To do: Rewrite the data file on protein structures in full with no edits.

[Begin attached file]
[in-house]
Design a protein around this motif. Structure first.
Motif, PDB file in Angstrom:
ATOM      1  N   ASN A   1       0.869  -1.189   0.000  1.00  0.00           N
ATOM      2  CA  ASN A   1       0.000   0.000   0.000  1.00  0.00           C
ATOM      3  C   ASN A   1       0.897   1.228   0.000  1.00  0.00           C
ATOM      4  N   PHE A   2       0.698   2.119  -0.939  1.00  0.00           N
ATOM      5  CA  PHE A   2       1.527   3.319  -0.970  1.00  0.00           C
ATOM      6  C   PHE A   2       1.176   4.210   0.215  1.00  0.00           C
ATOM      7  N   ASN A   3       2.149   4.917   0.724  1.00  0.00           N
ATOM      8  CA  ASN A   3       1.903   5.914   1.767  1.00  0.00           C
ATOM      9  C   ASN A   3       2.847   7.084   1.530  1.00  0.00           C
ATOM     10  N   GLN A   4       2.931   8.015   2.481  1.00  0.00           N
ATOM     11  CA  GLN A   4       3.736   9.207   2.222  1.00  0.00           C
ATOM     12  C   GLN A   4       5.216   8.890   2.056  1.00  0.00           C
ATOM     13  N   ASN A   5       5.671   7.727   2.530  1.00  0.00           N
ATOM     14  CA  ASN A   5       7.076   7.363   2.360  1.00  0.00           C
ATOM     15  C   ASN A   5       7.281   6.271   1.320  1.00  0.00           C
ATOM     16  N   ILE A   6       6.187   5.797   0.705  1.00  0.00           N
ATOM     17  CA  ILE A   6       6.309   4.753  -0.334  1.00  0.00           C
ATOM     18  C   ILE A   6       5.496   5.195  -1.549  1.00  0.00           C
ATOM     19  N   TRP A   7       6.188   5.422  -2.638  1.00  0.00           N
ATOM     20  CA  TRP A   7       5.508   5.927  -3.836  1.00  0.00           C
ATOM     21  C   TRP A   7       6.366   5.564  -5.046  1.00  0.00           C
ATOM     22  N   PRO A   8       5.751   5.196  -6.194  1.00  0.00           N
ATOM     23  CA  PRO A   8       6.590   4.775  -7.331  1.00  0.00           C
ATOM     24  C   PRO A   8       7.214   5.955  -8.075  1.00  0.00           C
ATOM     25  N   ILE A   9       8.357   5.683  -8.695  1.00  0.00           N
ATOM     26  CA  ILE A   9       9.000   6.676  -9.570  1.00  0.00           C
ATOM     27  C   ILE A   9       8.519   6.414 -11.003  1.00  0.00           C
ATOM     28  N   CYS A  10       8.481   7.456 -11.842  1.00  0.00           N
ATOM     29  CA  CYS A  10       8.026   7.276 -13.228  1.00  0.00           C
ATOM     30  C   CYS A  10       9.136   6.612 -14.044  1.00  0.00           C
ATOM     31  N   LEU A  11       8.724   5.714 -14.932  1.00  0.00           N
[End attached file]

[in-house]
Design a protein around this motif. Structure first.
Motif, PDB file in Angstrom:
ATOM      1  N   ASN A   1       0.869  -1.189   0.000  1.00  0.00           N
ATOM      2  CA  ASN A   1       0.000   0.000   0.000  1.00  0.00           C
ATOM      3  C   ASN A   1       0.897   1.228   0.000  1.00  0.00           C
ATOM      4  N   PHE A   2       0.698   2.119  -0.939  1.00  0.00           N
ATOM      5  CA  PHE A   2       1.527   3.319  -0.970  1.00  0.00           C
ATOM      6  C   PHE A   2       1.176   4.210   0.215  1.00  0.00           C
ATOM      7  N   ASN A   3       2.149   4.917   0.724  1.00  0.00           N
ATOM      8  CA  ASN A   3       1.903   5.914   1.767  1.00  0.00           C
ATOM      9  C   ASN A   3       2.847   7.084   1.530  1.00  0.00           C
ATOM     10  N   GLN A   4       2.931   8.015   2.481  1.00  0.00           N
ATOM     11  CA  GLN A   4       3.736   9.207   2.222  1.00  0.00           C
ATOM     12  C   GLN A   4       5.216   8.890   2.056  1.00  0.00           C
ATOM     13  N   ASN A   5       5.671   7.727   2.530  1.00  0.00           N
ATOM     14  CA  ASN A   5       7.076   7.363   2.360  1.00  0.00           C
ATOM     15  C   ASN A   5       7.281   6.271   1.320  1.00  0.00           C
ATOM     16  N   ILE A   6       6.187   5.797   0.705  1.00  0.00           N
ATOM     17  CA  ILE A   6       6.309   4.753  -0.334  1.00  0.00           C
ATOM     18  C   ILE A   6       5.496   5.195  -1.549  1.00  0.00           C
ATOM     19  N   TRP A   7       6.188   5.422  -2.638  1.00  0.00           N
ATOM     20  CA  TRP A   7       5.508   5.927  -3.836  1.00  0.00           C
ATOM     21  C   TRP A   7       6.366   5.564  -5.046  1.00  0.00           C
ATOM     22  N   PRO A   8       5.751   5.196  -6.194  1.00  0.00           N
ATOM     23  CA  PRO A   8       6.590   4.775  -7.331  1.00  0.00           C
ATOM     24  C   PRO A   8       7.214   5.955  -8.075  1.00  0.00           C
ATOM     25  N   ILE A   9       8.357   5.683  -8.695  1.00  0.00           N
ATOM     26  CA  ILE A   9       9.000   6.676  -9.570  1.00  0.00           C
ATOM     27  C   ILE A   9       8.519   6.414 -11.003  1.00  0.00           C
ATOM     28  N   CYS A  10       8.481   7.456 -11.842  1.00  0.00           N
ATOM     29  CA  CYS A  10       8.026   7.276 -13.228  1.00  0.00           C
ATOM     30  C   CYS A  10       9.136   6.612 -14.044  1.00  0.00           C
ATOM     31  N   LEU A  11       8.724   5.714 -14.932  1.00  0.00           N